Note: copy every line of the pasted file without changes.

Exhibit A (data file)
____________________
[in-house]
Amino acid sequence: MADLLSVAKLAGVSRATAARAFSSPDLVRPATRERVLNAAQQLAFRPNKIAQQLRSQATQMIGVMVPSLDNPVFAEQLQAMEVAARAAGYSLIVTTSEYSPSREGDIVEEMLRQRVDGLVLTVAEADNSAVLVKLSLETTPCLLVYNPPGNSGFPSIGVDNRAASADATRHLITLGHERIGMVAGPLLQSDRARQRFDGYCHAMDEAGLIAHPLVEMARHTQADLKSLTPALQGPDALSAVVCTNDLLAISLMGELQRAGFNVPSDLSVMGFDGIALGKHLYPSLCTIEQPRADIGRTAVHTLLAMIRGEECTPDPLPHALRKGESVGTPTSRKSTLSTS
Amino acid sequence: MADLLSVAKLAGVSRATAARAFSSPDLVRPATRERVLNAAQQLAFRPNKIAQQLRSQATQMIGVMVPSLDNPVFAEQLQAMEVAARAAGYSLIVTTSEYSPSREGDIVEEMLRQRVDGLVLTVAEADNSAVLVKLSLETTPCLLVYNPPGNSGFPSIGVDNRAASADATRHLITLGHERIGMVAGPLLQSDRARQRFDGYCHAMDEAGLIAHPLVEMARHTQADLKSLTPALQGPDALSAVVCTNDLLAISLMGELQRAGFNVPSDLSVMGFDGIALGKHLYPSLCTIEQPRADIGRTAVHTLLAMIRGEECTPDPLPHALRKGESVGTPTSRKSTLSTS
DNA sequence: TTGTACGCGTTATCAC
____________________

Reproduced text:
[in-house]
Amino acid sequence: MADLLSVAKLAGVSRATAARAFSSPDLVRPATRERVLNAAQQLAFRPNKIAQQLRSQATQMIGVMVPSLDNPVFAEQLQAMEVAARAAGYSLIVTTSEYSPSREGDIVEEMLRQRVDGLVLTVAEADNSAVLVKLSLETTPCLLVYNPPGNSGFPSIGVDNRAASADATRHLITLGHERIGMVAGPLLQSDRARQRFDGYCHAMDEAGLIAHPLVEMARHTQADLKSLTPALQGPDALSAVVCTNDLLAISLMGELQRAGFNVPSDLSVMGFDGIALGKHLYPSLCTIEQPRADIGRTAVHTLLAMIRGEECTPDPLPHALRKGESVGTPTSRKSTLSTS
Amino acid sequence: MADLLSVAKLAGVSRATAARAFSSPDLVRPATRERVLNAAQQLAFRPNKIAQQLRSQATQMIGVMVPSLDNPVFAEQLQAMEVAARAAGYSLIVTTSEYSPSREGDIVEEMLRQRVDGLVLTVAEADNSAVLVKLSLETTPCLLVYNPPGNSGFPSIGVDNRAASADATRHLITLGHERIGMVAGPLLQSDRARQRFDGYCHAMDEAGLIAHPLVEMARHTQADLKSLTPALQGPDALSAVVCTNDLLAISLMGELQRAGFNVPSDLSVMGFDGIALGKHLYPSLCTIEQPRADIGRTAVHTLLAMIRGEECTPDPLPHALRKGESVGTPTSRKSTLSTS
DNA sequence: TTGTACGCGTTATCAC